Grab your popcorn: The biggest heist on DeFi history
We often talk about the novelty of crypto, and how this is a new development with new advantages and challenges. In this post, we will show you an easy-to-understand example of it. We will talk about a hack that happened on Tuesday 10 August 2021 and had the crypto world at the edge of their seats.
First, we have to explain a few things:
Poly Network is a DeFi project which connects and allows the exchange of coins between different blockchains.
Poly Network works in different Blockchains, among them: Ethereum, Binance, and Polygon.
It all started when Poly Network announced on Twitter that was under attack on the Binance, Ethereum, and Polygon blockchains, and published the IP addresses of the attacker on the same thread. Then, in a series of tweets, they started calling all miners who work on the affected blockchains, and all the exchanges to blacklist the token coming from the attacker’s IP.
As this is being announced on Twitter, the news spreader quickly. Immediately the crypto community started to comment and to share news about the published IP addresses. ‘The address is rich. Just look at it’ said one user.
This is the novelty of crypto: an attack was unfolding, with a hacker stealing $600 million, and everyone was able to see it in real-time. This is a new kind of heist, which is public (anyone can see the transactions) and with publicity (dealt with on social media). This has no parallel outside the crypto world unless we talk about a movie.
As we have said before, crypto is not regulated by a specific financial or governmental institution. The whole point of its creation was decentralisation and work outside the regular financial system. This is a great idea that is still developing. Unfortunately, there are unforeseen consequences. Let’s think about this heist as an example: who or which institution/authority should intervene if any? Should Poly Network have called the police? (If so, in which country?)
Soon after the first tweets, wallets and exchanges, small and big (like Binance) started to reply announcing the display of their security teams to help. Tether froze the equivalent to $33 million worth of its currency as a response to the attack.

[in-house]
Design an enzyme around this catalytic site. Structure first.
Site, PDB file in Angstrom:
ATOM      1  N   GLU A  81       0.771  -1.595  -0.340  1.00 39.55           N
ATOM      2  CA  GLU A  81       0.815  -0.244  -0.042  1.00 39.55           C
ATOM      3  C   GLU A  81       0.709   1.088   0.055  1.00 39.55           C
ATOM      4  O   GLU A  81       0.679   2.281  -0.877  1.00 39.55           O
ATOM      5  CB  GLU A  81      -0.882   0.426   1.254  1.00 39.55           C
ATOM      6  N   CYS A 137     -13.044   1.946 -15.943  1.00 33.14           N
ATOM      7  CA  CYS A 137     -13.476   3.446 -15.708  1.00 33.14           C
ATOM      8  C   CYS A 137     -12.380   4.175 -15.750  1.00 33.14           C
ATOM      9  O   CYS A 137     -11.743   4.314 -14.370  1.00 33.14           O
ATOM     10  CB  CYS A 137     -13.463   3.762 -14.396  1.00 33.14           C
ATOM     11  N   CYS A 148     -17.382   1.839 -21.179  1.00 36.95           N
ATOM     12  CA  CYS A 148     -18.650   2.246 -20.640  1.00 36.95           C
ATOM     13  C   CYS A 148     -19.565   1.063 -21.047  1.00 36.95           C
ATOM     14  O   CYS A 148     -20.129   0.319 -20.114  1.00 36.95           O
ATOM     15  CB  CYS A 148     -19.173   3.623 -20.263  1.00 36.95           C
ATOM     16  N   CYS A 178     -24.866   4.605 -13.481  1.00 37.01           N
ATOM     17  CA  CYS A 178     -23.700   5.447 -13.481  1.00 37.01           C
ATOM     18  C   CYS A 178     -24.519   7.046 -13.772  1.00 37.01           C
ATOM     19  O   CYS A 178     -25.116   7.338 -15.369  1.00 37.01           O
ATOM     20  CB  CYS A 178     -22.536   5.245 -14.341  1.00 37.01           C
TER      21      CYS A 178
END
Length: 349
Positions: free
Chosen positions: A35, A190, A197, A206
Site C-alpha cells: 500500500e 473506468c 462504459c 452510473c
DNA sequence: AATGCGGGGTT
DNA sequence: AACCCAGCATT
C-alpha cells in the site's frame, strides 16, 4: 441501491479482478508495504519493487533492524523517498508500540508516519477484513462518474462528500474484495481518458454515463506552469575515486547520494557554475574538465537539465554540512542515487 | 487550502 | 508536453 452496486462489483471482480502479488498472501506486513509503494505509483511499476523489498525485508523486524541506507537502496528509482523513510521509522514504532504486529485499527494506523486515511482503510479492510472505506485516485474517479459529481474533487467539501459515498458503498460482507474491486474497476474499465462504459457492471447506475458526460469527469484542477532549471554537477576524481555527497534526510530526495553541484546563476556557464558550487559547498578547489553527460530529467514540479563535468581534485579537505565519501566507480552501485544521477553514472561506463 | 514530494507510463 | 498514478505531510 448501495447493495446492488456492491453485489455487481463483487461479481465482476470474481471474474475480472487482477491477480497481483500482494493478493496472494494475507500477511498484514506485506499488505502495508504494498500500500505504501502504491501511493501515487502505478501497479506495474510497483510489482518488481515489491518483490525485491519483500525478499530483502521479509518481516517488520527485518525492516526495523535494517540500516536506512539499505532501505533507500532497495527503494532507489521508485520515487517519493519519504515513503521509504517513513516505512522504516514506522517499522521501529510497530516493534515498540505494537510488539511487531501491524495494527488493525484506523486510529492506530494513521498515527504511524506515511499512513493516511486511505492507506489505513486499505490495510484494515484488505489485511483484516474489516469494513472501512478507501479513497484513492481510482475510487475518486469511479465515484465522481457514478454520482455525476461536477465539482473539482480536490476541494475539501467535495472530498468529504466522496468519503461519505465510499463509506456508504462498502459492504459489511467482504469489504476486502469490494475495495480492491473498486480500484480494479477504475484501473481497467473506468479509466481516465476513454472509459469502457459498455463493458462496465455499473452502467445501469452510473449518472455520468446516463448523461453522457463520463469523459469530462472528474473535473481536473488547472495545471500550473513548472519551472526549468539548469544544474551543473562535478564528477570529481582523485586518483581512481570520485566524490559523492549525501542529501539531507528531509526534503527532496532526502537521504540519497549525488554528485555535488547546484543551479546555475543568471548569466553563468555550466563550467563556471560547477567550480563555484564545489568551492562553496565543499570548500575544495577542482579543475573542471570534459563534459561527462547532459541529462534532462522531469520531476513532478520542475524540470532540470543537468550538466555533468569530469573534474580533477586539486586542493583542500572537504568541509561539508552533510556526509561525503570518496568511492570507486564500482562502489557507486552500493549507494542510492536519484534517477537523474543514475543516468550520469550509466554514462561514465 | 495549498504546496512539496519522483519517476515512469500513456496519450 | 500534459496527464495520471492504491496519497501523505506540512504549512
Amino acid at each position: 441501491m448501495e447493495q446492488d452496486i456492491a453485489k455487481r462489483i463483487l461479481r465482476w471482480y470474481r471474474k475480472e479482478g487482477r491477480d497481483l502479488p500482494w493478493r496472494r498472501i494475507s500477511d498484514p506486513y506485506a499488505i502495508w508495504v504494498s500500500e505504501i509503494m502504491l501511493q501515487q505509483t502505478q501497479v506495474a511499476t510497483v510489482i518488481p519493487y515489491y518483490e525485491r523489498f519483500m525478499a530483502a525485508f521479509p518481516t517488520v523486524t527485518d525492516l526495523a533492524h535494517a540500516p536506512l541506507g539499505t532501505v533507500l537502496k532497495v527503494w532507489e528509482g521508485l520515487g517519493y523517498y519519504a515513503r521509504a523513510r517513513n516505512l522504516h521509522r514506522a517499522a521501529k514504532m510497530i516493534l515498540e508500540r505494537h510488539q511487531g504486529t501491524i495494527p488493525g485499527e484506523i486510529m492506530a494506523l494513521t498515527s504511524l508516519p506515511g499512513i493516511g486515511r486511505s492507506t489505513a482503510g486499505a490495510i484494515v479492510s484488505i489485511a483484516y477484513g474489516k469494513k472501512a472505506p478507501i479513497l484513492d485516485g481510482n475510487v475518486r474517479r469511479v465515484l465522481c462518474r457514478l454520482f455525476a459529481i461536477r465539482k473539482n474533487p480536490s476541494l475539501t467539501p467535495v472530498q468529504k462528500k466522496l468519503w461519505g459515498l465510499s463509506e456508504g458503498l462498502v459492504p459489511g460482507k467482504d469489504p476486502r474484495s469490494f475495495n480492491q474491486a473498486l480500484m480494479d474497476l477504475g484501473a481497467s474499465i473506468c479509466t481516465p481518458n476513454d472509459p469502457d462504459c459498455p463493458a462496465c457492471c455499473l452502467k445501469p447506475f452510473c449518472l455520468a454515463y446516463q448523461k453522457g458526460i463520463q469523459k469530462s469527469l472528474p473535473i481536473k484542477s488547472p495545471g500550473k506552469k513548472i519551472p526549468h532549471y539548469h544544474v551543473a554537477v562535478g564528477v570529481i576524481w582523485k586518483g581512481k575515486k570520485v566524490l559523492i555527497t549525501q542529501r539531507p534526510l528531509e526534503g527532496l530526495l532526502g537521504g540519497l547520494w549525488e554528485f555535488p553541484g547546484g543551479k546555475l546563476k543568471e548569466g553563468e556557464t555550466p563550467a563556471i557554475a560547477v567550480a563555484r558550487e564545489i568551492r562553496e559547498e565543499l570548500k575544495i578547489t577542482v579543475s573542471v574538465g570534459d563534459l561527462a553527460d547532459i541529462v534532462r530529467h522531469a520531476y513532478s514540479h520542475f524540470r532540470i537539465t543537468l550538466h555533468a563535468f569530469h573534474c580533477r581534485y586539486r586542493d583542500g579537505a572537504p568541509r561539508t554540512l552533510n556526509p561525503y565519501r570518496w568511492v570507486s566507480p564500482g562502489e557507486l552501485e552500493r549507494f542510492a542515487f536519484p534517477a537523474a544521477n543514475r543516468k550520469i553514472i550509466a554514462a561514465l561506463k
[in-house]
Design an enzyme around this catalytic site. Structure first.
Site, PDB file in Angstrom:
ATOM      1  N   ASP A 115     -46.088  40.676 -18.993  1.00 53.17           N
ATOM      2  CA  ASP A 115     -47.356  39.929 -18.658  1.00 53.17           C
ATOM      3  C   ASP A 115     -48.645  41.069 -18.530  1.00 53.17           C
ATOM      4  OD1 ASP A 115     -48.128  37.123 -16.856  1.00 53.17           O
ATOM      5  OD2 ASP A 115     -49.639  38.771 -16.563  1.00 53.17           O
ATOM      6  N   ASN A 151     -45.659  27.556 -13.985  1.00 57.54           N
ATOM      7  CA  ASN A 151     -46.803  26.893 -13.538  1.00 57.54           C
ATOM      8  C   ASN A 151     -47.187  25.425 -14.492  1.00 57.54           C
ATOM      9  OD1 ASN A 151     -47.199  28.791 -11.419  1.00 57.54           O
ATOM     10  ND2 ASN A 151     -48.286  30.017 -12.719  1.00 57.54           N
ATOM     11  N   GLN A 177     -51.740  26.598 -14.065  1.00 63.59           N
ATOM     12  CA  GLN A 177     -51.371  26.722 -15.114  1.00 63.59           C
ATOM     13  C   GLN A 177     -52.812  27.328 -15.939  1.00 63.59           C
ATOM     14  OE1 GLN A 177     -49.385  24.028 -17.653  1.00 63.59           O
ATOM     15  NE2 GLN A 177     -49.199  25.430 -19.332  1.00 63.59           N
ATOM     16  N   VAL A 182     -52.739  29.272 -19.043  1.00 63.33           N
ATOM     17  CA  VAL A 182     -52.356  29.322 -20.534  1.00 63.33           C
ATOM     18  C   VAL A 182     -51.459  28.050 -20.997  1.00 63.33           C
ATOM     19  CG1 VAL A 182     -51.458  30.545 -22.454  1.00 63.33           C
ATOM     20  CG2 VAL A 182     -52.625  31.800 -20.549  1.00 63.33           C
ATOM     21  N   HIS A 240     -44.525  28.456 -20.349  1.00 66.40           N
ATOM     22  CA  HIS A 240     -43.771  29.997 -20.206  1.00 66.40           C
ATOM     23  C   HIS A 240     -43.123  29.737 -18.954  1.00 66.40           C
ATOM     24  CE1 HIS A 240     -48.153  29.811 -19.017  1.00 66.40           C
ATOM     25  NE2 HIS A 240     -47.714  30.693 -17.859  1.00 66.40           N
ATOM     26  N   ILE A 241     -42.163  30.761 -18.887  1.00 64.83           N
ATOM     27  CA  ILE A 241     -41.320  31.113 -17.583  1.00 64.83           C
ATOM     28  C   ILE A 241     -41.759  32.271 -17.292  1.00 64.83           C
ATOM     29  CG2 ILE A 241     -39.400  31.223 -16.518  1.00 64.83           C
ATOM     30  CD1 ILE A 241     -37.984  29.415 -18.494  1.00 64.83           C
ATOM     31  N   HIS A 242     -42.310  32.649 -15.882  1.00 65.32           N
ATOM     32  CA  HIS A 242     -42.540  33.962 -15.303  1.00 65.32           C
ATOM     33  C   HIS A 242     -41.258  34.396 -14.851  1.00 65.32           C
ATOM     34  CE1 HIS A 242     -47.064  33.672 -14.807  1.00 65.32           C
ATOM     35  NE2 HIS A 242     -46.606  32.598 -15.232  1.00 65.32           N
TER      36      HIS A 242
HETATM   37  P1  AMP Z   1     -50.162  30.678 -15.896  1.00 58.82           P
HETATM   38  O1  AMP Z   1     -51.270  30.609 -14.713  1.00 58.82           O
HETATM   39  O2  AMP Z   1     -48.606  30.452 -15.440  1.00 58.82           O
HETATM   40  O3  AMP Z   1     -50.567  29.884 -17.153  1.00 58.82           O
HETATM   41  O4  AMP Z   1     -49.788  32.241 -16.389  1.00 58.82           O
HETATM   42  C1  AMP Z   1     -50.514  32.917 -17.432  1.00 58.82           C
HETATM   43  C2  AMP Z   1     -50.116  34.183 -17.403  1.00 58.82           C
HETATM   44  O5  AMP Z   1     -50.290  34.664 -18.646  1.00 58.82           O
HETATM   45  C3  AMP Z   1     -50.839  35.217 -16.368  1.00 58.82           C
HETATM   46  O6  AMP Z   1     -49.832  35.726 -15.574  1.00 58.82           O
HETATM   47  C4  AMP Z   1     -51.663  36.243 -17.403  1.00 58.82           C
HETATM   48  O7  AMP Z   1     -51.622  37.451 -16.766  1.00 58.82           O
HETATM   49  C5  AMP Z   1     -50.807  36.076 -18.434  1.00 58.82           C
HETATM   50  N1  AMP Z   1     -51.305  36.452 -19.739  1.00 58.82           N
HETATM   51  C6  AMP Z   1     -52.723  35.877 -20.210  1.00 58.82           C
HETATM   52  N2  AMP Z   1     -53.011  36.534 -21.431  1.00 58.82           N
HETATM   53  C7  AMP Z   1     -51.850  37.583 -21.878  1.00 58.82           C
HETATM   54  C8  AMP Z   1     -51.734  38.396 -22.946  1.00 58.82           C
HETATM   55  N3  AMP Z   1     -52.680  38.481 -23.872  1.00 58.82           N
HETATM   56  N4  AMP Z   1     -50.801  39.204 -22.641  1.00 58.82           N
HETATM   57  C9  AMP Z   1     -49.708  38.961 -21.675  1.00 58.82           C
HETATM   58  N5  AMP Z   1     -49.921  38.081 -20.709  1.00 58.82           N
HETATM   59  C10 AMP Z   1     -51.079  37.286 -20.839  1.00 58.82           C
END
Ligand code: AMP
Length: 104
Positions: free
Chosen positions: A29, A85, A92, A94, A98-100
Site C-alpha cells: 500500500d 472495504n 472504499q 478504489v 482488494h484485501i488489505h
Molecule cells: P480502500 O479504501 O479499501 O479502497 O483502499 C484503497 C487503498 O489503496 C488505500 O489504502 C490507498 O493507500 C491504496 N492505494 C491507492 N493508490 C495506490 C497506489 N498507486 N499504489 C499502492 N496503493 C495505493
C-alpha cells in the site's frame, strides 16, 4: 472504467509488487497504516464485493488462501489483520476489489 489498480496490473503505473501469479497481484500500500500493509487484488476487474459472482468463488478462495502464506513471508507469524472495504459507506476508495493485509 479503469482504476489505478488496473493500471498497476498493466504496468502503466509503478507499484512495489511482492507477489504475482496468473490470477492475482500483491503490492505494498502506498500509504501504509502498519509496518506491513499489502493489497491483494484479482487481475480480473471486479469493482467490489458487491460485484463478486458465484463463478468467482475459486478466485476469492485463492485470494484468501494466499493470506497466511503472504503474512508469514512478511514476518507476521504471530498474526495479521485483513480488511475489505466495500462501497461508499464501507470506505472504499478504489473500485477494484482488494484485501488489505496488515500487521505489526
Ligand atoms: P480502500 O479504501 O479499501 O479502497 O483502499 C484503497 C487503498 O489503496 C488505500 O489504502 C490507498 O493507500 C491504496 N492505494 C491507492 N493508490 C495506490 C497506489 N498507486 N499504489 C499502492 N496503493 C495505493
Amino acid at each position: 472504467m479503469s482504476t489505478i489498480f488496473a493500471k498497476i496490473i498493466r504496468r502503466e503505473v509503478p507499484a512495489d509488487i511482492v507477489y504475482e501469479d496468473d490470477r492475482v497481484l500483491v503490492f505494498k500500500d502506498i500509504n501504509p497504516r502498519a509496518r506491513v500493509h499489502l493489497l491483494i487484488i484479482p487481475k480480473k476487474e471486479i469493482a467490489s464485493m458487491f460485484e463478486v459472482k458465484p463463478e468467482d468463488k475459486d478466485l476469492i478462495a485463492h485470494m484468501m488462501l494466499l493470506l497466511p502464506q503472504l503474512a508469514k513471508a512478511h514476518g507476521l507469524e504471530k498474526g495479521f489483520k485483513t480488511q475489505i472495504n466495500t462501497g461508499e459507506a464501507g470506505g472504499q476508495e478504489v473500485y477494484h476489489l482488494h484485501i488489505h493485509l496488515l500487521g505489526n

About 3 hours after their first announcement, Poly Network released a letter trying to establish communication with the hacker. Despite the “Dear Hacker” heading that makes it feel like an everyday communication, this was a serious issue: at this point, the hacker was holding about $600 worth of coins, which belonged to ordinary people.
Two things happened:
First, Poly Network discovered the vulnerability that was used by the hacker to exploit their network and started working to fix it.
Second, the hacker returned the stolen coins, by 13 August (2 days after the hack) almost all the coins had been returned.
Even though the questions about why the hacker did it and why returned the money are interesting, there are other areas we want to highlight.
This heist was announced, dealt with, and fixed in front of everyone’s eyes, with all the crypto community watching and no intervention from a regular financial institution. This is not to say this is the way this kind of hack should work. Certainly, the fact the hacker decided to return the money makes it a happy story.
Why highlight this then? To show how different the crypto world works. This kind of incident reminds us that there is a strong community behind crypto and that there are unforeseen problems that may arise in the future and will create new challenges because of their novelty.
*** Do remember you can always upgrade your security and reduce risks with easy steps, like using trusted wallets and exchanges. Check our post about security for more information.***